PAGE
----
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“Plot is people. Human emotions and desires founded on the realities of life, working at cross purposes, getting hotter and fiercer as they strike against each other until finally there’s an explosion—that’s Plot.”
—Leigh Brackett, July 1943

“You can’t write a novel all at once, any more than you can swallow a whale in one gulp. You do have to break it up into smaller chunks. But those smaller chunks aren’t good old familiar short stories. Novels aren’t built out of short stories. They are built out of scenes.”
—Orson Scott Card, September 1980

“Don’t leave your hero alone very long. Have at least two characters on stage whenever possible and let the conflict spark between them. There can be conflict with nature and your hero can struggle against storm or flood, but use discretion. … You could write a gripping story about a struggle between a lone trapper and a huge, clever wolf. But the wolf is practically humanized in such a story and fills every role of villain. The wolf too wants something and does something about it. A storm doesn’t want anything and that’s why its conflict with man is generally unsatisfactory. It doesn’t produce the rivalry which is the basis of good conflict.”
—Samuel Mines, March 1944

“The first sentence can’t be written until the final sentence is written.”
—Joyce Carol Oates, April 1986

“The writing of a mystery story is more of a sport than a fine art. It is a game between the writer and the reader. If, once in a while, a really fine book comes out of this contest, that is good; but the game’s the thing. If, on Page 4, the reader knows that the soda cracker is spread with butter mixed with arsenic, and later on this is proven to be true, then the reader has won the game. If, however, when the reader finishes the book, he says, ‘I didn’t get it—all the clues were there, plain as who killed Cock-Robin, but I didn’t get it,’ then the author has won the game. The author has to play fair, though. He has to arrange his clues in an orderly manner, so that the reader can see them if he looks hard enough.”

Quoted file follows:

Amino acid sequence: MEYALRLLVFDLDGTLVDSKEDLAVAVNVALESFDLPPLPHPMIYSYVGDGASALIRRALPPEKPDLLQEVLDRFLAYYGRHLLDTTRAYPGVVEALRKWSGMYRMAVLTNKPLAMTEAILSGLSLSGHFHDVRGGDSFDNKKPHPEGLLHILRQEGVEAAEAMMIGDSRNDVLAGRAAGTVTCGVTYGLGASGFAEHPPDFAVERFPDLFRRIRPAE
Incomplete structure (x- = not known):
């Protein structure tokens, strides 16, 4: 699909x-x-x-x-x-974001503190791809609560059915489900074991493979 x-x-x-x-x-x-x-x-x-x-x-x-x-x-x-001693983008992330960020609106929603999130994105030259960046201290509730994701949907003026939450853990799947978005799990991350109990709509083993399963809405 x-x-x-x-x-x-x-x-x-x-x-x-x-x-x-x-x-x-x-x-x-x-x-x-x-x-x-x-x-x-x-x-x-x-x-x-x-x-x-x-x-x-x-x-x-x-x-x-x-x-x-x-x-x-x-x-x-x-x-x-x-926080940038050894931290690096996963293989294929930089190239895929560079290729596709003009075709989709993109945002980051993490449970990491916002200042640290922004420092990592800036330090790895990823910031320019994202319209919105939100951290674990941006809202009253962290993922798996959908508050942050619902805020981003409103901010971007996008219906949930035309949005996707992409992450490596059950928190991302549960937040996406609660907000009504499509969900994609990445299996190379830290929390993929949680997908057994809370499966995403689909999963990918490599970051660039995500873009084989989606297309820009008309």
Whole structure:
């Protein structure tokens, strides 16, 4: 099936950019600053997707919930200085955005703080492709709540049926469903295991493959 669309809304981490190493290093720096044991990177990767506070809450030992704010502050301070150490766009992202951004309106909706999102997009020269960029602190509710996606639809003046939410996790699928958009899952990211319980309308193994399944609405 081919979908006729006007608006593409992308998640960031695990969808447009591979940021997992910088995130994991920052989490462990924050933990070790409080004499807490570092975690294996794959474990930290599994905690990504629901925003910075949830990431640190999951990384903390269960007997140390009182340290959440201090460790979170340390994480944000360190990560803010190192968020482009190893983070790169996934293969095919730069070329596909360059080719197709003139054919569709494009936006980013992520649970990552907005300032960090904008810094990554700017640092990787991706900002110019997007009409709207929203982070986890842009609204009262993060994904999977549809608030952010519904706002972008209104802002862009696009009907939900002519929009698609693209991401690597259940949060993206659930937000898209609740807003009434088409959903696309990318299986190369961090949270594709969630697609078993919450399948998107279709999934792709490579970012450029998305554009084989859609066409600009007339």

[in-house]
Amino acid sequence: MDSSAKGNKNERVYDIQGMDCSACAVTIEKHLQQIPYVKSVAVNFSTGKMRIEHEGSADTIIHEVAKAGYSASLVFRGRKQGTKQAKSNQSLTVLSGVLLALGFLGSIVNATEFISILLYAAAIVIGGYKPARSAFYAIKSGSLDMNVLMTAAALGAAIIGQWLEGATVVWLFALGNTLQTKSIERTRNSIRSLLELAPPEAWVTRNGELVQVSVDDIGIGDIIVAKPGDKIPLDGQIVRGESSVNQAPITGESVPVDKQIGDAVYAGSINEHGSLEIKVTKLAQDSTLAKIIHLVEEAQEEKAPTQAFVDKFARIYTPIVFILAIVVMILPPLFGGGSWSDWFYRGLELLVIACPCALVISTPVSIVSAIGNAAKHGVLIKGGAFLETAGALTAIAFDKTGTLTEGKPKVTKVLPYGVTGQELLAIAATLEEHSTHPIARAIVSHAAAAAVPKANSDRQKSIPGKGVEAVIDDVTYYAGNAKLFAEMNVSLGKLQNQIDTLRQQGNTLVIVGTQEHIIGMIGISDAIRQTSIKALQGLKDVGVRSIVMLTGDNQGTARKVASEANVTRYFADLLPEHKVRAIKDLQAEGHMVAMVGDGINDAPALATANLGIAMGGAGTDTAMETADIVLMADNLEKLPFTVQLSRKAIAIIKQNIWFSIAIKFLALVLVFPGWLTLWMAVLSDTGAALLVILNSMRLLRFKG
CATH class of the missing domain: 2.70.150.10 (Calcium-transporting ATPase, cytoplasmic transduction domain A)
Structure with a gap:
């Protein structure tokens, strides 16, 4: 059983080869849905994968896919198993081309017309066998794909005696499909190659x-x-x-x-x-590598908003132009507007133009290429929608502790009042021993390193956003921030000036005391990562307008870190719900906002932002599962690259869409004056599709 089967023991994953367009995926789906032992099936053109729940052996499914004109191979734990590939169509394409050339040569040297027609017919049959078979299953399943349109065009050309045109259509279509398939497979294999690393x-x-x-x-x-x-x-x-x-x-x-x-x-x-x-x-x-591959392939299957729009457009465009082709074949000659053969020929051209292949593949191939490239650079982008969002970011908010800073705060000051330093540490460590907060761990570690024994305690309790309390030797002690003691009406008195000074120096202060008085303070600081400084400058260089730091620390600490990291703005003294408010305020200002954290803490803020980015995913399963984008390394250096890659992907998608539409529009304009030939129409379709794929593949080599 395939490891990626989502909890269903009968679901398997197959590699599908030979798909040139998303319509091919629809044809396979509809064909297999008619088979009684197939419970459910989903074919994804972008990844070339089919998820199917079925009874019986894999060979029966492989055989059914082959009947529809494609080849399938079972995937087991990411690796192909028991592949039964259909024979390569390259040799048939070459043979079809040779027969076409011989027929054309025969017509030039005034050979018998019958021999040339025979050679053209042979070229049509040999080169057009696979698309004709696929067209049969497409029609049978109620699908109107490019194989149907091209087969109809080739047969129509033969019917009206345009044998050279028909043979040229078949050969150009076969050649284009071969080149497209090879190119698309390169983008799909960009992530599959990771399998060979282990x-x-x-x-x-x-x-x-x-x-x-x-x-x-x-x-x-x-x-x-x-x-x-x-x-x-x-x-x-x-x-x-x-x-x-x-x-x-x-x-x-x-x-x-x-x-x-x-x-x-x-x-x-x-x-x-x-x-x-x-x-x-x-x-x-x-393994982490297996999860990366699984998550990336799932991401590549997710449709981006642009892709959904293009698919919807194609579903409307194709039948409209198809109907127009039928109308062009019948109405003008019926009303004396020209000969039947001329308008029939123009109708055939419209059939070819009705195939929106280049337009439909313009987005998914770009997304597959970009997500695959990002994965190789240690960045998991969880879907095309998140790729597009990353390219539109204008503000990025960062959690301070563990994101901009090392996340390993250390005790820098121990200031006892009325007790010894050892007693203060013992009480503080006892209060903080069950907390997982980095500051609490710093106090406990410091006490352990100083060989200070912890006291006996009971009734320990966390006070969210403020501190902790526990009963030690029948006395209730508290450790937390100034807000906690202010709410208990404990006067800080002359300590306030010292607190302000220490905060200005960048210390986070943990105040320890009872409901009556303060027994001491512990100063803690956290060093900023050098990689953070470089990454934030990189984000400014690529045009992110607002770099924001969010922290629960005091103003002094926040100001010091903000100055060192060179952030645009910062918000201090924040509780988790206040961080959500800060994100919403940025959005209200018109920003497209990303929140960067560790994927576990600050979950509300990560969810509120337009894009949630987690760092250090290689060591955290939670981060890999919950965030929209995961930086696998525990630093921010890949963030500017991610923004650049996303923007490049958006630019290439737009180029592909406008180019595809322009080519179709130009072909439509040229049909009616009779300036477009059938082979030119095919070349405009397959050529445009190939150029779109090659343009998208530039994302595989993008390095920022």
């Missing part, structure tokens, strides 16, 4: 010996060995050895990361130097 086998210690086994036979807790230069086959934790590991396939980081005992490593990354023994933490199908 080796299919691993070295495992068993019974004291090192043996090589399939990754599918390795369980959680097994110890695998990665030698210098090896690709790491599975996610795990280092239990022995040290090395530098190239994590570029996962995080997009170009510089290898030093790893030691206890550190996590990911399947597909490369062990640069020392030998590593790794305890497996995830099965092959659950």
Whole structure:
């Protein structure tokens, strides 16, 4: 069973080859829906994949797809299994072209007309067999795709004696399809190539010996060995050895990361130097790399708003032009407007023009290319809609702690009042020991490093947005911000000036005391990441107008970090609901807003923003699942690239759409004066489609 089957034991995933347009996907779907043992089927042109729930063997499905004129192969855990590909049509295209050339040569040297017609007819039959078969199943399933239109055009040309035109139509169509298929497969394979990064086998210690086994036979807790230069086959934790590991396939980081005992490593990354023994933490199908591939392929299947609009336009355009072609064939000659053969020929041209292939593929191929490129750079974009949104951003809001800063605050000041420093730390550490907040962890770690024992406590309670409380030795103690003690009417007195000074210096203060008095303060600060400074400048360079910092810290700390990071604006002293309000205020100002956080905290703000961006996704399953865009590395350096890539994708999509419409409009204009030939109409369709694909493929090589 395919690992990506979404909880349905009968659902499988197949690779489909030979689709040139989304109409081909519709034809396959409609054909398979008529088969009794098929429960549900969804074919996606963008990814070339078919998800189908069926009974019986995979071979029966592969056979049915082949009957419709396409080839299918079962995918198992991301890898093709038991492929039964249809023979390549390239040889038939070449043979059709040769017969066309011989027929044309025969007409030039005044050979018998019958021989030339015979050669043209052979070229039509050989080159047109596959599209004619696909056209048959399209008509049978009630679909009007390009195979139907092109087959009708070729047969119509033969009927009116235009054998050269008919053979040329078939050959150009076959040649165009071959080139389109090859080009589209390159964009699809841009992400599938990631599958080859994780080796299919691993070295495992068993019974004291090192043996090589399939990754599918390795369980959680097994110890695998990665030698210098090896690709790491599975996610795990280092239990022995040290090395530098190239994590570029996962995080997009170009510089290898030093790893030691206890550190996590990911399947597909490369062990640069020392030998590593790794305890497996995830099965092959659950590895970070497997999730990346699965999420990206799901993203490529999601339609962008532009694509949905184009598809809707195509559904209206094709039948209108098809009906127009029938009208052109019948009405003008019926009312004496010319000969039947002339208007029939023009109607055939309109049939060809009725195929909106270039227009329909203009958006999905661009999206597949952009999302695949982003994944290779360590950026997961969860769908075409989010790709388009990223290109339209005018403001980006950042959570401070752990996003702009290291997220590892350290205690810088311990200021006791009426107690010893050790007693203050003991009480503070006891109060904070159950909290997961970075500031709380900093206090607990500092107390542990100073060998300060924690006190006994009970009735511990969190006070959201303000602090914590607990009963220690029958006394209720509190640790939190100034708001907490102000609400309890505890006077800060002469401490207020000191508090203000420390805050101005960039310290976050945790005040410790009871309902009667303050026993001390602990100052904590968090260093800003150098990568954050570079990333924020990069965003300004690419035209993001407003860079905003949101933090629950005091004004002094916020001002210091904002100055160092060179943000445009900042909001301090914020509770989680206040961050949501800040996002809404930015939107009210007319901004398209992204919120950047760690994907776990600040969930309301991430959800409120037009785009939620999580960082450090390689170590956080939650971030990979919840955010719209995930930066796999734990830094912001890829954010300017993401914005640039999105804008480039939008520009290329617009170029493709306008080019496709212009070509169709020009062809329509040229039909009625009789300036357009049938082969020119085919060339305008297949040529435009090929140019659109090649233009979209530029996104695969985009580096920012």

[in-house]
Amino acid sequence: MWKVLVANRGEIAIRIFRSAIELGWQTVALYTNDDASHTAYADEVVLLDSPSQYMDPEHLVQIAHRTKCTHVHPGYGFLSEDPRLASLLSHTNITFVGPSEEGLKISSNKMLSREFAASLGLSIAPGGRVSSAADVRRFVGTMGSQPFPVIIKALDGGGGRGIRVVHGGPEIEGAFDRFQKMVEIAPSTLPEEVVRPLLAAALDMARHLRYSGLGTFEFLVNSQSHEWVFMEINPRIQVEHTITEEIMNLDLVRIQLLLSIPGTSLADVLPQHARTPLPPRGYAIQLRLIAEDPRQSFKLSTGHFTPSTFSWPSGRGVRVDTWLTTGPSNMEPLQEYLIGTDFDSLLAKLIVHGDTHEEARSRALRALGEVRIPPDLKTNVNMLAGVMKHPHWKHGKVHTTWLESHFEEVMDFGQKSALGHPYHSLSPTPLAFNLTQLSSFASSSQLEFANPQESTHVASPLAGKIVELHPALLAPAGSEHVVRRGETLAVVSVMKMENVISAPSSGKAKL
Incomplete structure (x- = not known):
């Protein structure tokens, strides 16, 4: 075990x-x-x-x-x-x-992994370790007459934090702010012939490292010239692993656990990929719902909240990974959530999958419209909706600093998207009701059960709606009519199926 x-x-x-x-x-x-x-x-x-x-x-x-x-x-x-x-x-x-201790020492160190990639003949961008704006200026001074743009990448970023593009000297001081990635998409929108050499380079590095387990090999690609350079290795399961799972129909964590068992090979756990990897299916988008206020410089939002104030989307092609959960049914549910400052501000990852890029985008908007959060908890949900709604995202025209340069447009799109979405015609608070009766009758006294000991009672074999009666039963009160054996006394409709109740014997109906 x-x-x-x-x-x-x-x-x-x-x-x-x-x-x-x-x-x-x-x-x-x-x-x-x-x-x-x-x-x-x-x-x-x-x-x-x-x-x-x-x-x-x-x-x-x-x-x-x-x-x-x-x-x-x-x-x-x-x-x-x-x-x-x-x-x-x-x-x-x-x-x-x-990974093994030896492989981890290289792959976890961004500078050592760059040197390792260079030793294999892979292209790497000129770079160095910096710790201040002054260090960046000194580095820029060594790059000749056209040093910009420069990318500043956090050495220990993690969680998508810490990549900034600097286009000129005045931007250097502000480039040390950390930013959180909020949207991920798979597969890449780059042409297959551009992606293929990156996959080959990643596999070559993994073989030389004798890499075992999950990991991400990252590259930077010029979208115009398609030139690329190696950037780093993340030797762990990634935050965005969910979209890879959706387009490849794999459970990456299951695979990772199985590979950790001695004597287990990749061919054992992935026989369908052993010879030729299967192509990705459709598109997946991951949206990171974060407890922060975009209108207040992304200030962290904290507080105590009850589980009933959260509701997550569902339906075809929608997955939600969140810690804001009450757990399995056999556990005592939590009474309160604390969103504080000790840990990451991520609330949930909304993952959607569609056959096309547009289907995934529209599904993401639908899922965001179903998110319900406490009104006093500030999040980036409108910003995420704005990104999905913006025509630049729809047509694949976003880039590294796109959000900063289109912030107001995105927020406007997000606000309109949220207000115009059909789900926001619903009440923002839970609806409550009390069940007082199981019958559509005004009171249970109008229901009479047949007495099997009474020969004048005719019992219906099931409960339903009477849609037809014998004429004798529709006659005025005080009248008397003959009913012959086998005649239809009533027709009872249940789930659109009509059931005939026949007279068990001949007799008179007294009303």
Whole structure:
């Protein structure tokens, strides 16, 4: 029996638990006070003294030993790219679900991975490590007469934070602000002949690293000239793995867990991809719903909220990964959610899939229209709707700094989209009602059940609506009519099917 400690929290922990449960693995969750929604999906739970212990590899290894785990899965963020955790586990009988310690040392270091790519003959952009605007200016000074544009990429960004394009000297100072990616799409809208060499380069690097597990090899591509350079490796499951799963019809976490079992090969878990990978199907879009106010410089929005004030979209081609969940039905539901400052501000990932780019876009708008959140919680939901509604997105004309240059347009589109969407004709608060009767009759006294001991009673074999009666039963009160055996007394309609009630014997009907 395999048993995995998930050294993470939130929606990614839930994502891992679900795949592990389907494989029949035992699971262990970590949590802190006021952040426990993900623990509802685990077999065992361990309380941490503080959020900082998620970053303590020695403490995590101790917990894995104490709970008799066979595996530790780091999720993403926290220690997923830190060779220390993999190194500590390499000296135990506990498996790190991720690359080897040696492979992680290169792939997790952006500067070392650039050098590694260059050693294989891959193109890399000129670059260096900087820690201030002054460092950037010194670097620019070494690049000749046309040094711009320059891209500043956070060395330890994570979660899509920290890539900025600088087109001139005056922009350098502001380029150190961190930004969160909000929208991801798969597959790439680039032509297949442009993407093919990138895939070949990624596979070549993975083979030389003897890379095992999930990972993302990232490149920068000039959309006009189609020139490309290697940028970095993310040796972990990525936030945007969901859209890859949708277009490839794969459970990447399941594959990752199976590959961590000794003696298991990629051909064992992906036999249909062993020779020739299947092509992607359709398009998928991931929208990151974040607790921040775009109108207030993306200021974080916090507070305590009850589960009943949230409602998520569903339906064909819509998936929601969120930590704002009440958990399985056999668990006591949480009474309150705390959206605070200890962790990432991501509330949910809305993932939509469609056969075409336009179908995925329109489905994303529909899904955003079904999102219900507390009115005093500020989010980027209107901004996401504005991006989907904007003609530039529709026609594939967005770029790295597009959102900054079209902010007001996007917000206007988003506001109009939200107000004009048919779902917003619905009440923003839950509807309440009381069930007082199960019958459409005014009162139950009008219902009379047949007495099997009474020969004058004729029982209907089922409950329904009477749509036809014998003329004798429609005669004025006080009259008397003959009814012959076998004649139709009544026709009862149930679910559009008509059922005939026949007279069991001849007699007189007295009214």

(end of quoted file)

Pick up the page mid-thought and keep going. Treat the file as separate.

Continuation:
—Polly Simpson Macmanus, January 1962

“Authors of so-called ‘literary’ fiction insist that action, like plot, is vulgar and unworthy of a true artist. Don’t pay any attention to misguided advice of that sort. If you do, you will very likely starve trying to live on your writing income. Besides, the only writers who survive the ages are those who understand the need for action in a novel.”
—Dean R. Koontz, August 1981

“What the young writer is looking for is not a critic who will slap him on the back and say, ‘Greatest thing since O. Henry,’ but rather the one who will toss the manuscript down in disgust, with ‘You know better than that! It’s rotten! Do it all over again!’”
—Henry Sydnor Harrison, March 1923

“Make your novel readable. Make it easy to read, pleasant to read. This doesn’t mean flowery passages, ambitious flights of pyrotechnic verbiage; it means strong, simple, natural sentences.”
—Laurence D’Orsay, October 1929

“When your story is ready for rewrite, cut it to the bone. Get rid of every ounce of excess fat. This is going to hurt; revising a story down to the bare essentials is always a little like murdering children, but it must be done.”
—Stephen King, November 1973

“Loving your subject, you will write about it with the spontaneity and enthusiasm that will transmit itself to your reader. Loving your reader, you will respect him and want to please him. You will not write down to him. You will take infinite pains with your work. You will write well. And if you write well, you will get published.”
—Lee Wyndham, November 1962,

“Genius gives birth, talent delivers.”
—Jack Kerouac, January 1962

“Long patience and application saturated with your heart’s blood—you will either write or you will not—and the only way to find out whether you will or not is to try.”
—Jim Tully, October 1923

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2 Responses to 23 Timeless Quotes About Writing

  1. Also Ran says:

    I like Dashiell Hammett’s quote. When someone reads what I wrote and if I haven’t inspired some sort of emotion in them – laugh, cry, indignant, seriously pissed off, I need to re-write that piece.

  2. rubyblueroses says:

    I relate most to Stephen King’s and Laurence D’Orsay’s, and disagree most with Henry S. Harrison’s because of Stephen King’s. lol